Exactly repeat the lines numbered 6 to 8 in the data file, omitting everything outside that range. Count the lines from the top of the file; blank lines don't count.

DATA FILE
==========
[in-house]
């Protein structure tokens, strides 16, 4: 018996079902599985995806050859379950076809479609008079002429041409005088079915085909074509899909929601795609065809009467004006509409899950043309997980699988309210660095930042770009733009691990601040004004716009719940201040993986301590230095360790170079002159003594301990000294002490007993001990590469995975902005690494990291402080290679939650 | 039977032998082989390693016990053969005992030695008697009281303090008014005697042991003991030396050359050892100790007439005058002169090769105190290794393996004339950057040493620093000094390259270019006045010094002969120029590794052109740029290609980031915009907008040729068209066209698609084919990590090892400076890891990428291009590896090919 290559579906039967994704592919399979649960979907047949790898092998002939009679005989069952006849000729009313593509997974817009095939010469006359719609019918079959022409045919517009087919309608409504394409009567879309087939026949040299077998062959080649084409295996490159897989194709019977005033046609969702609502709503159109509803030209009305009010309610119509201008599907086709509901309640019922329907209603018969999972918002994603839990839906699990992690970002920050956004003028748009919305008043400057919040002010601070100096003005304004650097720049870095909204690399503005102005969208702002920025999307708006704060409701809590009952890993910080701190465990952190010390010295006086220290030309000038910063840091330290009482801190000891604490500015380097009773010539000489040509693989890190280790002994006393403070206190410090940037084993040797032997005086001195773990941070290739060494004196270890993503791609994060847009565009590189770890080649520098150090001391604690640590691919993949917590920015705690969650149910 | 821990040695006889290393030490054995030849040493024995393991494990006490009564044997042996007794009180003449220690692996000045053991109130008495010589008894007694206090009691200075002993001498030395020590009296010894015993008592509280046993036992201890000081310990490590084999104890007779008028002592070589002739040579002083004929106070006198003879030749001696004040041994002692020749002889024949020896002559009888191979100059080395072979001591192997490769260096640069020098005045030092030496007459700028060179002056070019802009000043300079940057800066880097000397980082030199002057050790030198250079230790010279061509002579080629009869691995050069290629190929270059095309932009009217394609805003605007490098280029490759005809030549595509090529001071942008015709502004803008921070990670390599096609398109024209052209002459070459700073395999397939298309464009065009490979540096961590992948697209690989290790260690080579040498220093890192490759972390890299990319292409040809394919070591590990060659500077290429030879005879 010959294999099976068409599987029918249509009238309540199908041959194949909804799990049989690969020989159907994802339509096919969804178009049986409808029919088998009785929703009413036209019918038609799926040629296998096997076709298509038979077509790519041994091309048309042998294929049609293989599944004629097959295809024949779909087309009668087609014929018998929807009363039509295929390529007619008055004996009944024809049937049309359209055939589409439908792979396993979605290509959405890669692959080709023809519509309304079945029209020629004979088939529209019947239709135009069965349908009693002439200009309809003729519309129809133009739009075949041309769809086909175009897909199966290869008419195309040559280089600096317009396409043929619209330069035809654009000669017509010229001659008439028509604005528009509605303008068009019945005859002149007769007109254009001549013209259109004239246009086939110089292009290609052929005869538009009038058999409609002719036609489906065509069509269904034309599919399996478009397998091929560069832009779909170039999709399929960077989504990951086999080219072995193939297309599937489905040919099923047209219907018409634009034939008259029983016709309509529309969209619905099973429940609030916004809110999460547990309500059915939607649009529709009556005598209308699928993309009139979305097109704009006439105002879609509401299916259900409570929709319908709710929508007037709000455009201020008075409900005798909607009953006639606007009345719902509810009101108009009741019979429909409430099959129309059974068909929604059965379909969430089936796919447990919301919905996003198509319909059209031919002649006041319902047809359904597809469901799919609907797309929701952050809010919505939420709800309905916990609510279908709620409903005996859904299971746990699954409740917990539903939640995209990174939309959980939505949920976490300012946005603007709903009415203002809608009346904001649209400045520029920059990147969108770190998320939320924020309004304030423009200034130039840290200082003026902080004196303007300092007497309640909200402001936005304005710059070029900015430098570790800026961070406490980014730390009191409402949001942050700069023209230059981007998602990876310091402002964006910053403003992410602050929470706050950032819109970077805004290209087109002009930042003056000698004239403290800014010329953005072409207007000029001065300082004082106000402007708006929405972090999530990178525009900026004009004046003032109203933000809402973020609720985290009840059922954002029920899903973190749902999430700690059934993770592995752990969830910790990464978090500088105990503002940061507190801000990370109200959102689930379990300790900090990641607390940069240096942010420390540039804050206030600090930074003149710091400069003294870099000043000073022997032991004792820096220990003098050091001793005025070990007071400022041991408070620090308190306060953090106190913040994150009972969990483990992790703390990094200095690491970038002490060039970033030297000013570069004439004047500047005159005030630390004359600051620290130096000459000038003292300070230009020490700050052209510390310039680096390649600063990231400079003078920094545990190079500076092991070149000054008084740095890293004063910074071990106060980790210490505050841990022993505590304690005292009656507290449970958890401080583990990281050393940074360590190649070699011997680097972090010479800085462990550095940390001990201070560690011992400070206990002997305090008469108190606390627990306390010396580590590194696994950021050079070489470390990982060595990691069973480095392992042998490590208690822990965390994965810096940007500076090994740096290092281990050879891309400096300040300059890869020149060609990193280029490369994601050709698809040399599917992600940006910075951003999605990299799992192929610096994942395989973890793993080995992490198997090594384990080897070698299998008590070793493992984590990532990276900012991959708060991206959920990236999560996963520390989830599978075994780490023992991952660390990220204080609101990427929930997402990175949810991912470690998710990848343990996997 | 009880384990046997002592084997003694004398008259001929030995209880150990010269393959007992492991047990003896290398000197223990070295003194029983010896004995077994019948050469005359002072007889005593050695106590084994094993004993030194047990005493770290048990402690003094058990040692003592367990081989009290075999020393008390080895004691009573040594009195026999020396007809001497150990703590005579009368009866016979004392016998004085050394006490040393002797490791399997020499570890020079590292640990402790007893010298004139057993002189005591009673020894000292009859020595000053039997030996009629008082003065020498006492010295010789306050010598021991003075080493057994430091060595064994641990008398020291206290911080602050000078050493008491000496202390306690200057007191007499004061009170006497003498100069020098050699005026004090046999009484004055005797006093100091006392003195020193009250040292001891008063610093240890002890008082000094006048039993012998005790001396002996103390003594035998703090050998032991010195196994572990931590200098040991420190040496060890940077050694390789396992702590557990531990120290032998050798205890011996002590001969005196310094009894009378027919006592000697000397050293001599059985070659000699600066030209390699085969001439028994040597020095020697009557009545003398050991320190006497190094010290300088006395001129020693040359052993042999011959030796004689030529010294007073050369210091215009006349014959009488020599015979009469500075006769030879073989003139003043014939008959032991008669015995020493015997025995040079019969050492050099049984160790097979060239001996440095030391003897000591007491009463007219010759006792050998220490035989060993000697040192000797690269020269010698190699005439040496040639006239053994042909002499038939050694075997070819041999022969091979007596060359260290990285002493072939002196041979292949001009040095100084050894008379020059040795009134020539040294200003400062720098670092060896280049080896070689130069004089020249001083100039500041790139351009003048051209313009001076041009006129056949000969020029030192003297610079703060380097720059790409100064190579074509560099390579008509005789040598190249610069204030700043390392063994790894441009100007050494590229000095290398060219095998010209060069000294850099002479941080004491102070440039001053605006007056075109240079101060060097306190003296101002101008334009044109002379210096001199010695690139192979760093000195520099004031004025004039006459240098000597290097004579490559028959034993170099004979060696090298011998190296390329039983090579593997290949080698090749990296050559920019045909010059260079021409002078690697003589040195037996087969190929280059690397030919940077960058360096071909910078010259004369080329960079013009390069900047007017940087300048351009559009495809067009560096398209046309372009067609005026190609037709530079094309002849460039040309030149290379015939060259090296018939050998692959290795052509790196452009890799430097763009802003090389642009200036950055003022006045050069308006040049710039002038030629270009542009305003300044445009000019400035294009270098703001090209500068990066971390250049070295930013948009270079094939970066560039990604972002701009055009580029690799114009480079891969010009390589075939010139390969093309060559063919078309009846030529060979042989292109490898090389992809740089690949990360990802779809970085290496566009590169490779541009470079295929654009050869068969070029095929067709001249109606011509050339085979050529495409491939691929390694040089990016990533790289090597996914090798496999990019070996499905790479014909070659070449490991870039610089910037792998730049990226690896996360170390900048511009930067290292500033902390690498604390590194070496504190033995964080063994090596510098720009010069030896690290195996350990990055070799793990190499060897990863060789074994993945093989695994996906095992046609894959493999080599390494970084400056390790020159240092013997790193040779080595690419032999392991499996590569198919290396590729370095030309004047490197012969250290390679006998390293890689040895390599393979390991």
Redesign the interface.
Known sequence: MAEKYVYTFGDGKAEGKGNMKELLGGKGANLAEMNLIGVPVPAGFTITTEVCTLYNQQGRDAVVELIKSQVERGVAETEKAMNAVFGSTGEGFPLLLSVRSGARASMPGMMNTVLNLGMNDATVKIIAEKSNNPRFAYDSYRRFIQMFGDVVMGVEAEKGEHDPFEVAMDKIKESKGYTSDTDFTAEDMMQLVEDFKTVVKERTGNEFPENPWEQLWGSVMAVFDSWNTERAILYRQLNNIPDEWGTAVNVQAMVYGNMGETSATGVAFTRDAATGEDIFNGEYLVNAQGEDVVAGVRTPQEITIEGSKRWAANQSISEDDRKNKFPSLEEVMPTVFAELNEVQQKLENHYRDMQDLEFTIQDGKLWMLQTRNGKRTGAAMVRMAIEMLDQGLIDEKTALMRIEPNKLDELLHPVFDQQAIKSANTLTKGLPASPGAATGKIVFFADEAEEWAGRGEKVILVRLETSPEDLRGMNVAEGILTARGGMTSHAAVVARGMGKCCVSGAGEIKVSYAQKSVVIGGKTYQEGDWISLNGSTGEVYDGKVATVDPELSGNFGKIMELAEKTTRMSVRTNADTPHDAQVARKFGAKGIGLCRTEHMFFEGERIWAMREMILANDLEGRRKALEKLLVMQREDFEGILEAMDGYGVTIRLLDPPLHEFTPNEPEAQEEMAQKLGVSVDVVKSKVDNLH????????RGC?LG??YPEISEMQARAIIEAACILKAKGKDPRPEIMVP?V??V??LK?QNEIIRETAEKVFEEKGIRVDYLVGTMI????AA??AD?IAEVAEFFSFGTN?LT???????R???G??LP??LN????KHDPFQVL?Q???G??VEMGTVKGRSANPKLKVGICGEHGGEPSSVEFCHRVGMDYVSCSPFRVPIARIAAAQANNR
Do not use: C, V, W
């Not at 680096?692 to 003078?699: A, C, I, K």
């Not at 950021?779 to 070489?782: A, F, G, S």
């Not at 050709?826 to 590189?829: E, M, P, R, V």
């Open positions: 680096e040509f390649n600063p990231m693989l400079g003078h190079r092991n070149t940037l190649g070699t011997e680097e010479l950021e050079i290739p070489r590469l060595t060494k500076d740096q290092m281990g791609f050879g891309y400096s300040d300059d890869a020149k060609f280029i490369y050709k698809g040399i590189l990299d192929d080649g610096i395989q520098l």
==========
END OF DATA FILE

């Not at 680096?692 to 003078?699: A, C, I, K």
């Not at 950021?779 to 070489?782: A, F, G, S």
């Not at 050709?826 to 590189?829: E, M, P, R, V």